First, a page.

Learn how to create an environment where your production code will be deployed to using Vagrant and VirtualBox. This setup will be used for the rest of the course demos.
- [Instructor] Before I jump into any exercises, I just want to take a moment to talk about my development environment you'll see me using in this class. Now in particular, I'll be using Vagrant and VirtualBox to manage machines that I want to configure with Chef. However, there are many ways to go about doing this. You could for example, use a cloud provider like Amazon Web Services to actually create the machines that you'll configure with Chef. In my case, I'm going to use Vagrant and VirtualBox because they're free and easy to get started with.
So to use these tools, you should understand that I've installed them on my machine, and that prepares me to actually go through and launch a virtual machine that I can configure. To to any of this, if you're going to follow along, I recommend checking the minimum requirements for both of these tools. For example, you'll need to make sure that your BIOS supports hardware virtualization. After making sure that your system meets these requirements, you can then go through and attempt to install these tools.
You'll also want to make sure that you have an SSH client available for communicating with your instances. Now on most Linux-based systems, you could use the Terminal. So if you're on a Mac or some other Linux flavor, the Terminal should suit your needs. On Windows machines, you're welcome to use something like PuTTY to connect to the instances, or if you've installed the Chef development kit, it also contains Git Bash, an SSH client. Now I'm going to recommend that you install these tools if you want to follow along.
However, understand that VirtualBox, Vagrant, and whatever SSH client you may be using are not Chef products. If you run into issues with these programs, I recommend checking out some of the attached documentation, such as Vagrant issues or the VirtualBox Bugtracker to make sure there aren't any active bugs in the latest versions you're using. With all that in mind, you're welcome to install VirtualBox. You can do this directly from Oracle's website or on Windows systems, you might consider using the Chocolately installer.
You can verify your installation by running VBoxManage --version. And it should report back the version without any errors. Similarly, for installing Vagrant, you can download it directly from HashiCorp's website or again on Windows systems, you might consider using the Chocolately package manager to install it. Once you've successfully ran through the installation, inside of your PowerShell or Terminal windows, again you should now be able to run vagrant --version and it shouldn't produce any errors.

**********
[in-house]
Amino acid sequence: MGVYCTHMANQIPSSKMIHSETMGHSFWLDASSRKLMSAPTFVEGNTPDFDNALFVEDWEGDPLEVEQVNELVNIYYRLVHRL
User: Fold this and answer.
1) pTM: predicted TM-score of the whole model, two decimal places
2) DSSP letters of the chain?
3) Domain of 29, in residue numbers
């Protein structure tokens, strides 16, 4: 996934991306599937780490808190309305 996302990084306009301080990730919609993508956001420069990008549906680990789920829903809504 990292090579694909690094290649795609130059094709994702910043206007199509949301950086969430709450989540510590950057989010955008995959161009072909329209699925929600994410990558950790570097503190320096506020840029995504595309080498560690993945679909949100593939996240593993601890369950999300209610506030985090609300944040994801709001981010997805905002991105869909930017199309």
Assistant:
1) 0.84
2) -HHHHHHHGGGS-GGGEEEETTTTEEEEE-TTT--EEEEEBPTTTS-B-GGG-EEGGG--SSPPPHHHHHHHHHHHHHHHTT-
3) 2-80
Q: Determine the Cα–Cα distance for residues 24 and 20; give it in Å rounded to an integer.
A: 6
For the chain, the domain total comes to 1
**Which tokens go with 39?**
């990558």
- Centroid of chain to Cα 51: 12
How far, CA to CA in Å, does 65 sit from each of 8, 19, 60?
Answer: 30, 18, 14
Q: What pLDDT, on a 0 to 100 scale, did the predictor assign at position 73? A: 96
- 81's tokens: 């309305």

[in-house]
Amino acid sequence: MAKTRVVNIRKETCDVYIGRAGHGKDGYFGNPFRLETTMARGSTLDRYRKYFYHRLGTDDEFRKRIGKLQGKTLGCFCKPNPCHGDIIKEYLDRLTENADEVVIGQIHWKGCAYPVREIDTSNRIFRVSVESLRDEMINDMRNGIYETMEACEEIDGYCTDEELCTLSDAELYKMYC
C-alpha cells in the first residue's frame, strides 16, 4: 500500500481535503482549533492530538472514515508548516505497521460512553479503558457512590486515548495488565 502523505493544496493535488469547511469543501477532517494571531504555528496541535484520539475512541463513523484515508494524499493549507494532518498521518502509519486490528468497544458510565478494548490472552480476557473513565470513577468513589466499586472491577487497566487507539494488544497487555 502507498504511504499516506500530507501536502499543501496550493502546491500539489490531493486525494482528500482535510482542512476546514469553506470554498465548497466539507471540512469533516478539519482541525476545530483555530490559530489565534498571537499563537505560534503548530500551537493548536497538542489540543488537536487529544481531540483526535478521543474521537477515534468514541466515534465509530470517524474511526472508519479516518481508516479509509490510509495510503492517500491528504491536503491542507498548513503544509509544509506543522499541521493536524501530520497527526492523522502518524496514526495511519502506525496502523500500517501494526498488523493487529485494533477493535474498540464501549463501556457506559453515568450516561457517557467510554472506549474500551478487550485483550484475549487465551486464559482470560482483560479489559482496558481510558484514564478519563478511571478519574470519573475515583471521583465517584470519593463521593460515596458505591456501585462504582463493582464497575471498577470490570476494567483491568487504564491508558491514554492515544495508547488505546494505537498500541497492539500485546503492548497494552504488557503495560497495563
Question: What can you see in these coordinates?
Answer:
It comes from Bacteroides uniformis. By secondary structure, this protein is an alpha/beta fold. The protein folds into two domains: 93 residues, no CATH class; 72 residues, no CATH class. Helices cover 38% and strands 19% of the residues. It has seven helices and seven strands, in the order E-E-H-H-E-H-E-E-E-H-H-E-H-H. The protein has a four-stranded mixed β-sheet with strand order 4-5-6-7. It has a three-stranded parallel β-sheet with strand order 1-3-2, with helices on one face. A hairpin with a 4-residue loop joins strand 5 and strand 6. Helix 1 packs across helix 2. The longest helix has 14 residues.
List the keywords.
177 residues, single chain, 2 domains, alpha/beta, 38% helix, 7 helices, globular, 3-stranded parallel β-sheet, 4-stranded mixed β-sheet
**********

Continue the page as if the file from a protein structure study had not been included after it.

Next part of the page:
If you can't get back the versions of these tools for any reason, you might check your system path and see if it includes Vagrant and VirtualBox. Once you've gone through these steps, you'll then need to actually download the base box that we'll use to actually spin up a machine that we'll configure with Chef. With Vagrant, we have the concept of boxes and we'll need to add the actual operating system we're interested in using. I'm going to be provisioning CentOS 7.2 instances in this class.
So I'll run the vagrant box add bento/centos-7.2 and I'll add the --provider=virtualbox flag there to insure we grab the right box. After you've run this command successfully, we'll be able to launch our new CentOS 7 instance. To do this, you'll first run vagrant init bento/centos-7.2. This will create what's called a Vagrantfile used for actually provisioning the machine.
Once the Vagrantfile has been created in this directory, I can run vagrant up, and it will spin up this virtual machine. I'll then finally be able to login to it with the vagrant ssh command. In this class, you'll see me targeting a specific machine, such as vagrant ssh machine one, and that will log me into the instance. Finally, I can install the Chef development kit inside of this virtual machine, if you prefer to follow along with some of the exercises I'll be demonstrating.
Again, I'll be working directly inside that virtual machine, for the beginning portion of the class. You might also look into some common commands that will be used. For example, I'll be using a text editor quite often, and you'll see me using VIM. You're welcome to use any other text editor as well, such as Emacs or Nano. You'll then want to also understand how to manage your Vagrant instance. There are common set of commands that you can use, and you can find them quite easily, but you might be aware of the vagrant ssh-config command, in particular.
That'll display some connection details that I'll be using throughout the class. If you wish to shut down your machine, you can run vagrant suspend to save its state. And with the vagrant destroy --force command, we'll actually kill any running virtual machines. Once you've followed these setup instructions and you feel confident that you've got it all in place, feel free to proceed on with the videos. And check out the class exercises.
- Configuration management
- Using Chef
- Installing the Chef development kit (ChefDK)
- Provisioning a CentOS instance
- Using recipes and the Apache cookbook
- Working with nodes and node objects
- Using templates and embedded Ruby
- Hosting a Chef server
- Provisioning nodes with AWS
- Testing deployments with Kitchen
- Exploring the Chef Supermarket
- Resolving dependencies with Berkshelf
- Working with server roles, environments, and data bags